The first British mother sentenced of funding jihadists in Syria

A young mother who became the first Briton to be convicted of funding jihadists in Syria faces jail when she is sentenced today.

Amal El-Wahabi, 27, hoodwinked an old school friend into agreeing to take 20,000 euros (£15,830) in cash to Turkey for her husband Aine Davis, a drug dealer who went to Syria to fight in July last year.

The plan was scuppered when Nawal Msaad, also 27, was stopped at Heathrow before boarding a flight to Istanbul and produced the rolled up notes from her underwear.

Msaad, of Holloway, north London, and El-Wahabi, of north-west London, had denied the charge of making money available with “reasonable cause to suspect that it would or may be used for the purposes of terrorism”.

Following an Old Bailey trial, a jury found mother-of-two El-Wahabi guilty but cleared Msaad.

Trial judge Nicholas Hilliard QC had warned El-Wahabi, who is London-born of Moroccan descent, that an immediate custodial sentence was inevitable, although he said she was in a “completely different category” to her husband.

He told her: “This was a substantial amount of money destined on the evidence straight to the hands of a dangerous extremist who was engaged in violent jihad with all the terror and misery that causes.”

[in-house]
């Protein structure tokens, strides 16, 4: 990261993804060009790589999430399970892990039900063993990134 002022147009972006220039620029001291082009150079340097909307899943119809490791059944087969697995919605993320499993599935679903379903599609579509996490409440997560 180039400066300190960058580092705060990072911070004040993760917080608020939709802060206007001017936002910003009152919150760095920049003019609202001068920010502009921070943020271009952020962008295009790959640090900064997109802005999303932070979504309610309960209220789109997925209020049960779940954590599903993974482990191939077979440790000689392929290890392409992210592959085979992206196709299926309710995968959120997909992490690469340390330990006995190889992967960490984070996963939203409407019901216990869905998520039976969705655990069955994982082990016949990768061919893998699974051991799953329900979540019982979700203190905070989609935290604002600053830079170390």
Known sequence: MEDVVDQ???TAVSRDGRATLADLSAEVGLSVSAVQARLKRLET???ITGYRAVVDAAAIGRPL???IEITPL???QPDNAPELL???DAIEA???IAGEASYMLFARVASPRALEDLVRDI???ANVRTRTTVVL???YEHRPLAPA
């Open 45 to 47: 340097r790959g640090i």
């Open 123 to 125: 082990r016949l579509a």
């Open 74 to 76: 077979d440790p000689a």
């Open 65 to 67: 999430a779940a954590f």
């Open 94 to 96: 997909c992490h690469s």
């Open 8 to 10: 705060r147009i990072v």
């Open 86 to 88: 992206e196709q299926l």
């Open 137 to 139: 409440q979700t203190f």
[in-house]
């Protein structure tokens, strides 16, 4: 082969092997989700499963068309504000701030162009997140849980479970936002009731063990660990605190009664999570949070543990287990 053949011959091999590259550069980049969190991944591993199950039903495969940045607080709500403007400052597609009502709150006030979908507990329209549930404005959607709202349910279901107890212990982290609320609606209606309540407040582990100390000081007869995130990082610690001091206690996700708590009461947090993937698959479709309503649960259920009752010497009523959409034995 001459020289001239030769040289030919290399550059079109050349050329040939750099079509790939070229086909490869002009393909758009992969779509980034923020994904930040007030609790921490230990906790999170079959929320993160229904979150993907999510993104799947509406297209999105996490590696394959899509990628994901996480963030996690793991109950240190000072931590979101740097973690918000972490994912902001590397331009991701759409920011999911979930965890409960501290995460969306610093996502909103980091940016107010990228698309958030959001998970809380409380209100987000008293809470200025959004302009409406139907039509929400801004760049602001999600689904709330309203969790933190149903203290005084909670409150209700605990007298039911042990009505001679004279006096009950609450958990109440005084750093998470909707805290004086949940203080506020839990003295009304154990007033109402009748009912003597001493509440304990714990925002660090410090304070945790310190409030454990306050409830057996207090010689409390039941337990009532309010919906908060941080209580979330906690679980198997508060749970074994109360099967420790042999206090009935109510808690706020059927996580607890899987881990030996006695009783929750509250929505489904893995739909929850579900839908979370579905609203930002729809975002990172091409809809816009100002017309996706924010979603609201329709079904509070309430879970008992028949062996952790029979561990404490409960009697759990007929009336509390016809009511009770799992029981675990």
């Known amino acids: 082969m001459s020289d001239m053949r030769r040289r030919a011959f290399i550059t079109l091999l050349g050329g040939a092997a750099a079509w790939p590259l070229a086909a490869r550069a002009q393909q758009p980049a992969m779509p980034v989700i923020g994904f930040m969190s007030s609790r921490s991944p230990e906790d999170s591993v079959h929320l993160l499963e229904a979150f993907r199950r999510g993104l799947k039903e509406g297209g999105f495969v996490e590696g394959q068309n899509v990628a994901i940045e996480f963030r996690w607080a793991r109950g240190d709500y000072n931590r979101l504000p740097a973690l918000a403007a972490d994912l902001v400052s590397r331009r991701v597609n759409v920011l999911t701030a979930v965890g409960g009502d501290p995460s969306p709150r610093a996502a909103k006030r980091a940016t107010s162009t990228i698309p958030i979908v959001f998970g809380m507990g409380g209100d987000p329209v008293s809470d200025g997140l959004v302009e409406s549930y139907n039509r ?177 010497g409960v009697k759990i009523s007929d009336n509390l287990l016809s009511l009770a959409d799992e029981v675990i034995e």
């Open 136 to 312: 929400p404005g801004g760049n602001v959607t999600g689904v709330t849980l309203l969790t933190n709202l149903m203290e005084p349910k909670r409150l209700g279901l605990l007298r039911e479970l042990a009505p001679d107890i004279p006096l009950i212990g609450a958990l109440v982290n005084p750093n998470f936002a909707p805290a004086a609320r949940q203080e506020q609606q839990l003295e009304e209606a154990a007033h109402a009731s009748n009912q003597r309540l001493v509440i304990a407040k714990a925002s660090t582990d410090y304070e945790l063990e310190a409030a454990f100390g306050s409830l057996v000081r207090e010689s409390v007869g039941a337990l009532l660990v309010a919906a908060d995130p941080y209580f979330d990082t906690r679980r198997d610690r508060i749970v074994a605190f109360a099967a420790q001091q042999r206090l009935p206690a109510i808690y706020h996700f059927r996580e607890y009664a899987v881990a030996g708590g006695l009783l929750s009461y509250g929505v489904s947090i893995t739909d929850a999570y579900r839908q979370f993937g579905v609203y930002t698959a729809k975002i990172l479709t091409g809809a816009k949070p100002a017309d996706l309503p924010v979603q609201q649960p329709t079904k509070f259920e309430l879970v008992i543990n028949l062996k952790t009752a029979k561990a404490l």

She was remanded in custody ahead of today’s sentencing at the Old Bailey.

During the trial, jurors were told how Davis, 30, who was born in London with roots in Gambia, met El-Wahabi at a London mosque and become increasingly interested in Islam six or seven years ago.

He left the UK to pursue a jihadist cause in July last year, leaving El-Wahabi and her two young children to live off benefits in London.

The couple stayed in touch through Skype messages and by December last year El-Wahabi had resolved to join him.

In January, she made the arrangements for Msaad to take the cash to Istanbul in a series of phone calls and messages.

Msaad, who had been studying human resources at London Metropolitan University, agreed to take the cash on the promise of 1,000 euros in expenses, jurors heard.

When she was stopped at the departure gate on January 16 she said the three-day trip to Istanbul was a “short break” to buy gold for her mother.

She was taken into a private room where she produced 38 500 euro notes, four 200 euro notes and two 100 euro notes from her underwear.

In her defence, Msaad said she had been “stitched up” by her friend and she had not intended to fund jihad in Syria.

El-Wahabi denied that her partner, known as Hamza, was in Syria and claimed he was in various countries abroad looking for work.

But the prosecution produced a “selfie” Davis had sent her while he was away, as well as videos containing jihadist propaganda found on computers seized from her home.

Prosecutor Mark Dennis QC said: “It is plain from images that he had sent to her that Davis had fulfilled his desire and was now with jihadist fighters and was supporting the familiar black flag adopted by the extremist jihadist terrorist groups in various countries in that troubled part of the world.”


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